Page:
Roy Weintraub writes
Ivan Moscati wrote:
>As is probably familiar to the readers of this list, one of the main tenets of
>the HET-as-science-studies program is the belief that historians of economics
>could break away from economists and economic departments, and be welcomed by
>different scholarly communities such as those of historians, philosophers,
>political scientists, or sociologists.
My friend Ivan is only partially correct here. "Could break away" is not
the same as "should break away", and "be welcomed" is not the same as
"might be welcomed in some circumstances". My argument in "Economic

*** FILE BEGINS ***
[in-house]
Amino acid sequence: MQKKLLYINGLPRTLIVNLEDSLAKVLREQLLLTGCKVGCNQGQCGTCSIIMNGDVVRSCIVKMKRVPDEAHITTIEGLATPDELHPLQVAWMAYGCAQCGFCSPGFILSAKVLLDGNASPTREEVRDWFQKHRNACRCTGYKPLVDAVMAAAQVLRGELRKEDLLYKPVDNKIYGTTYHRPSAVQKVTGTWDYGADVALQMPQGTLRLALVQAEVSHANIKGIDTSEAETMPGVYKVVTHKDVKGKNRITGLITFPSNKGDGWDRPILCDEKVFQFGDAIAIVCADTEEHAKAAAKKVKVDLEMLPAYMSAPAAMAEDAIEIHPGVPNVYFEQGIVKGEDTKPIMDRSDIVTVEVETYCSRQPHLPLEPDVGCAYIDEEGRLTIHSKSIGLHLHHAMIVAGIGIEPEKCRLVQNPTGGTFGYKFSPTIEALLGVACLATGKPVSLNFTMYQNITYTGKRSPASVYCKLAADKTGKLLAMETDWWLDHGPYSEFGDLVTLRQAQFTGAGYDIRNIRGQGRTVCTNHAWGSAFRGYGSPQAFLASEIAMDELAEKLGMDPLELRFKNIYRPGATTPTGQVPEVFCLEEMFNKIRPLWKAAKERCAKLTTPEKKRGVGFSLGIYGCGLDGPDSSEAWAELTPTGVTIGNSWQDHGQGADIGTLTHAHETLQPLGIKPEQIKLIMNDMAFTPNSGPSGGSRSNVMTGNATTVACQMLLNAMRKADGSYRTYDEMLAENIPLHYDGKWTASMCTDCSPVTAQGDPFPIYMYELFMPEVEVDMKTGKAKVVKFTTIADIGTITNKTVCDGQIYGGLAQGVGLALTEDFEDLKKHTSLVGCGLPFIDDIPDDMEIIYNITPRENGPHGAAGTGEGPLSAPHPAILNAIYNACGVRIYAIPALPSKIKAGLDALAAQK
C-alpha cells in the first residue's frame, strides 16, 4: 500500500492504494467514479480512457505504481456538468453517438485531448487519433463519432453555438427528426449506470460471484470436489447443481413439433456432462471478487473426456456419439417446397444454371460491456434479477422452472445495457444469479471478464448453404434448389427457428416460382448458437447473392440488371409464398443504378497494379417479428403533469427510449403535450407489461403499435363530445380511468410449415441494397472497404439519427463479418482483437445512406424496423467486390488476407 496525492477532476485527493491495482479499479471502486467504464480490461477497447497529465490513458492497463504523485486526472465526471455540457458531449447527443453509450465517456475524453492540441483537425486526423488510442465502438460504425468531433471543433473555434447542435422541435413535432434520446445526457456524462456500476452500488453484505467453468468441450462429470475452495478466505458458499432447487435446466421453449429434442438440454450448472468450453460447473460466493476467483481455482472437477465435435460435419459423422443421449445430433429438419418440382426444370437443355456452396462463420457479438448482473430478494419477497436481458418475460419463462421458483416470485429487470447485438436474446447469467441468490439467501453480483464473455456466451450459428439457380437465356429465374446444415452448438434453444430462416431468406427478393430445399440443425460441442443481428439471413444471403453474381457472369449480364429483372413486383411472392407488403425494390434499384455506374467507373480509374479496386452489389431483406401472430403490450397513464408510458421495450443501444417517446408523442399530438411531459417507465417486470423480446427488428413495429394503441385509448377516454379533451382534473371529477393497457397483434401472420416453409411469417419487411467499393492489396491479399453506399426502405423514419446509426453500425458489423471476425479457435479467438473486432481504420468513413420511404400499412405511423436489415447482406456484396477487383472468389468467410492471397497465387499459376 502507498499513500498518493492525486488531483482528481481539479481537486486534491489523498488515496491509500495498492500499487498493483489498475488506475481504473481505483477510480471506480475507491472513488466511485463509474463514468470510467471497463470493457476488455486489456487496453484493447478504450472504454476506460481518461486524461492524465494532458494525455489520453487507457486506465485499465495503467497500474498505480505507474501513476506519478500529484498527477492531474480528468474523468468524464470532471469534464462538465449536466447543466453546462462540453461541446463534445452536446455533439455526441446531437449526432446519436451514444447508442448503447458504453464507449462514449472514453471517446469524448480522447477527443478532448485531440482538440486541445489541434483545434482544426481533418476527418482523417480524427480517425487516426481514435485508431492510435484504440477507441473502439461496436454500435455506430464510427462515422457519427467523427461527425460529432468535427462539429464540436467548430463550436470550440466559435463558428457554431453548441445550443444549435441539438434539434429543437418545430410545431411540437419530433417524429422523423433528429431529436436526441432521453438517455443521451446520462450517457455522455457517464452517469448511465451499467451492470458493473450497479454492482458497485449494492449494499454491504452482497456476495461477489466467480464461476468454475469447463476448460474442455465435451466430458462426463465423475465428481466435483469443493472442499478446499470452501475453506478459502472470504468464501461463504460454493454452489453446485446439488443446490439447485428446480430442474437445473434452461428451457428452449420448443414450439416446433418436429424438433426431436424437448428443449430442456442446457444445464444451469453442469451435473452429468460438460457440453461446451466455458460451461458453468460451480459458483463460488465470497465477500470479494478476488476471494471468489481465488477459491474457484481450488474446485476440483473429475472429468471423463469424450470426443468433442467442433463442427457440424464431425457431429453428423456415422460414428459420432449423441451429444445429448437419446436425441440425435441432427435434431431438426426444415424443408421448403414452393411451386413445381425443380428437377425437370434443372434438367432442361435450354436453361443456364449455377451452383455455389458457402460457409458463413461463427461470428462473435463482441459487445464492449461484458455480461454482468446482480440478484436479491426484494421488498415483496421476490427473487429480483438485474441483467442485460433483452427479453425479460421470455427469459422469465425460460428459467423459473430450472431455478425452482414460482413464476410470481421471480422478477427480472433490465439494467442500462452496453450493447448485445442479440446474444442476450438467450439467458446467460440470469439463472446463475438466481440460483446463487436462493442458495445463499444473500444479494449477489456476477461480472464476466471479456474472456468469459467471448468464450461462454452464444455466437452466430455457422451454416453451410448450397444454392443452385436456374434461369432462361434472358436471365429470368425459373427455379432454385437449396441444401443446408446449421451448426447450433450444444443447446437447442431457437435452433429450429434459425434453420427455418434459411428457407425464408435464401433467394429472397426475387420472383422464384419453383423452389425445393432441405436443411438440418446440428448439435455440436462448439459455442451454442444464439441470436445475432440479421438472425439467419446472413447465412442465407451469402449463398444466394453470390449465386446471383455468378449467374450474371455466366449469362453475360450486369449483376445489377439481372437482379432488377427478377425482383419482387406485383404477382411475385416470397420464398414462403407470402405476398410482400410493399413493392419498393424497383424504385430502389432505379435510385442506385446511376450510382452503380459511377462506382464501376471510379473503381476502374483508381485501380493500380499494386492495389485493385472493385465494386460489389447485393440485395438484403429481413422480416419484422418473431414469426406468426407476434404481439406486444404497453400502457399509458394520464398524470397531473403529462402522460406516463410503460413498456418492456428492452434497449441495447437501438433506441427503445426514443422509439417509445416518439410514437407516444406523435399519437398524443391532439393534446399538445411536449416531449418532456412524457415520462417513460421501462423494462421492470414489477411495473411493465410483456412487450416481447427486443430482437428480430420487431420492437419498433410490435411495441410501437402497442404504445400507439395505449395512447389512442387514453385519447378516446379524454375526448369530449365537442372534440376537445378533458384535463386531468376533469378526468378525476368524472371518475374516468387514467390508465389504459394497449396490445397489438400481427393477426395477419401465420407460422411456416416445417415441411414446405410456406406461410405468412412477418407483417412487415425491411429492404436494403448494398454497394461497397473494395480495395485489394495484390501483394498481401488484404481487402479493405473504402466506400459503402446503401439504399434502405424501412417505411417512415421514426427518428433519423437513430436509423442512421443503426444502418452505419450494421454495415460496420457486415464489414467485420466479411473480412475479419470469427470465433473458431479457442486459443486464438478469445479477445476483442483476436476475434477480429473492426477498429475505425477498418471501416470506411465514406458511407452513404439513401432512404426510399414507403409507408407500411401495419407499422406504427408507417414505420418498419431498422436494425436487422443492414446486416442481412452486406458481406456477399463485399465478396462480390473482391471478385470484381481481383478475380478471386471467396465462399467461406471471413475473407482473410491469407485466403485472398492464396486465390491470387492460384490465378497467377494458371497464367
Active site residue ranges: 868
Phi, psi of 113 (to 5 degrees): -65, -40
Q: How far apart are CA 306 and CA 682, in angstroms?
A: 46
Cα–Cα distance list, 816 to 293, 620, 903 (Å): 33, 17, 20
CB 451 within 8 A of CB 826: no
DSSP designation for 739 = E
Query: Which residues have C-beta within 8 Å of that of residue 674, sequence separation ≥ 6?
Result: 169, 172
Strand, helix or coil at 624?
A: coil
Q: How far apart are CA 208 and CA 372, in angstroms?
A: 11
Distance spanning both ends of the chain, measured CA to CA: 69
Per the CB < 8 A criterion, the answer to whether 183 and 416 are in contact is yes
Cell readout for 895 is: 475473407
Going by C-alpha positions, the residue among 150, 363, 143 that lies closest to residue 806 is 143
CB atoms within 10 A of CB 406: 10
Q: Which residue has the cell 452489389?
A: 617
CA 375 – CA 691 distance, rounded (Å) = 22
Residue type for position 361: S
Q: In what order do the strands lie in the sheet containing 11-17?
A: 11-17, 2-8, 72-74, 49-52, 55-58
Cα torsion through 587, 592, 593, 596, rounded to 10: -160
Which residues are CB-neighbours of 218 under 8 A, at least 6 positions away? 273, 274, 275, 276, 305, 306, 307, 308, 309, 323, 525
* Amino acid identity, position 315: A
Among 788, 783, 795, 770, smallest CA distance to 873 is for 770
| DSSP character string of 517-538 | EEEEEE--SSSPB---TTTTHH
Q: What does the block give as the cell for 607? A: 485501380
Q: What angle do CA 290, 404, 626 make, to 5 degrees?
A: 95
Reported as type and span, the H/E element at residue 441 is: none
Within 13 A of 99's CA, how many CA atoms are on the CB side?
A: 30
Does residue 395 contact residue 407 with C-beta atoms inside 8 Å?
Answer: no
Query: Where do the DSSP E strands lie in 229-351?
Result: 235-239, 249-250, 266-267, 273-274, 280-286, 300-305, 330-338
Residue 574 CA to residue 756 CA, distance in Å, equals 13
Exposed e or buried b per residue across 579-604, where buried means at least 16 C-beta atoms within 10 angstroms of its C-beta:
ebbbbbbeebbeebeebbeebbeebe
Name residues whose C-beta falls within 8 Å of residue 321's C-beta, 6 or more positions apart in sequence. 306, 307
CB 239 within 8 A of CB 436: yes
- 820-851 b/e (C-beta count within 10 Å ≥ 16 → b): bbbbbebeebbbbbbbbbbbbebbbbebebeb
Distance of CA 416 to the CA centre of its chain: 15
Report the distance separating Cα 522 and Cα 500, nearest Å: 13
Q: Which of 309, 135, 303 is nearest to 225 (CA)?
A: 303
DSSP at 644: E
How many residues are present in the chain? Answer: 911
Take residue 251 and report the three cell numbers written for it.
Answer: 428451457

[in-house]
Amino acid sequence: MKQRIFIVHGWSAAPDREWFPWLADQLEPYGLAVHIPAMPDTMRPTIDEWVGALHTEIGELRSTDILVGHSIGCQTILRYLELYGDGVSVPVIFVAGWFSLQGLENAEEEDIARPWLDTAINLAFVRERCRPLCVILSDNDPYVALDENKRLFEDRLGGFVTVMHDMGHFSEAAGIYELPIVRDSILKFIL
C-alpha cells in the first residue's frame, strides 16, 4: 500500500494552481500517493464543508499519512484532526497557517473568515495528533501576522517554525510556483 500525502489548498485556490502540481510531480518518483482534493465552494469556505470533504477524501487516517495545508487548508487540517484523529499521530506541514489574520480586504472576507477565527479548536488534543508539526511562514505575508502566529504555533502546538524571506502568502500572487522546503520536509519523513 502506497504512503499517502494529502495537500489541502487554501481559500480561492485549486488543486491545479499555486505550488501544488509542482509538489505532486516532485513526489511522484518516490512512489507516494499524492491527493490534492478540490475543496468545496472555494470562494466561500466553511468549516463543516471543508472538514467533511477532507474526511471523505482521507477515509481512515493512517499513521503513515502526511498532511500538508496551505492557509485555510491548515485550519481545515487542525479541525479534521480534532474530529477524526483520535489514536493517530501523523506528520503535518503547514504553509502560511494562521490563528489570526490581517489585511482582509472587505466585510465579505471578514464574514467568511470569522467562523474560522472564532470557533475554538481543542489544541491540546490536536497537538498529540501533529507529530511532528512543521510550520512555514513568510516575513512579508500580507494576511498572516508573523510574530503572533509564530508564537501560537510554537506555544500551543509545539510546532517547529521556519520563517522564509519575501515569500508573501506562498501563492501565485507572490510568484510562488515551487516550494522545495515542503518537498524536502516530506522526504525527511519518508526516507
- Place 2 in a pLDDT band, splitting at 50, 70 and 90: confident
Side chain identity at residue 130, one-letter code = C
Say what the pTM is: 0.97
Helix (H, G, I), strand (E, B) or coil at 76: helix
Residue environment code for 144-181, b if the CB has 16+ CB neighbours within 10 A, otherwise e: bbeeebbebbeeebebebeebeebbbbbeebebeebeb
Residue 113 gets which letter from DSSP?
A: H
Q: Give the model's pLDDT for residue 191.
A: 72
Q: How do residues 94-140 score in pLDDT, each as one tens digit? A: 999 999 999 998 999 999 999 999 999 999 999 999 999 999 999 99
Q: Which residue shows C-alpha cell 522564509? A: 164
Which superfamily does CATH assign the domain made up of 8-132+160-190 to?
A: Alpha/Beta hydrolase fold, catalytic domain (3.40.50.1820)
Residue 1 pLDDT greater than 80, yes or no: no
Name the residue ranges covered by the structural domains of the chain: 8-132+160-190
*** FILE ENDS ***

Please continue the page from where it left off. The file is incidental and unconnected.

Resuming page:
Science Wars" (current JHET) was historical/explanatory, not a normative
"follow me". The center of the discussion was the passage:
> /To the degree that the science wars had involved scientists' beliefs
> that science studies was hostile to mainstream science, just to that
> same degree are the economic science wars associated with economists'
> beliefs that heterodox economics is hostile to mainstream economic
> science. And as a consequence the history of economics, *as and to the
> extent* that it is associated with heterodoxy, is taken to be (as it
> is often meant to be) critical of if not hostile to mainstream economics./
The argument went on to suggest that in economics the war is over.
Economists are not interested in sharing their own resources with their
critics. Whether or not you think that this is a bad thing, it is the
case. As was said so much better a long time ago, "As ye sow, so shall
ye reap." Less starkly put, HET as heterodoxy has had an unintended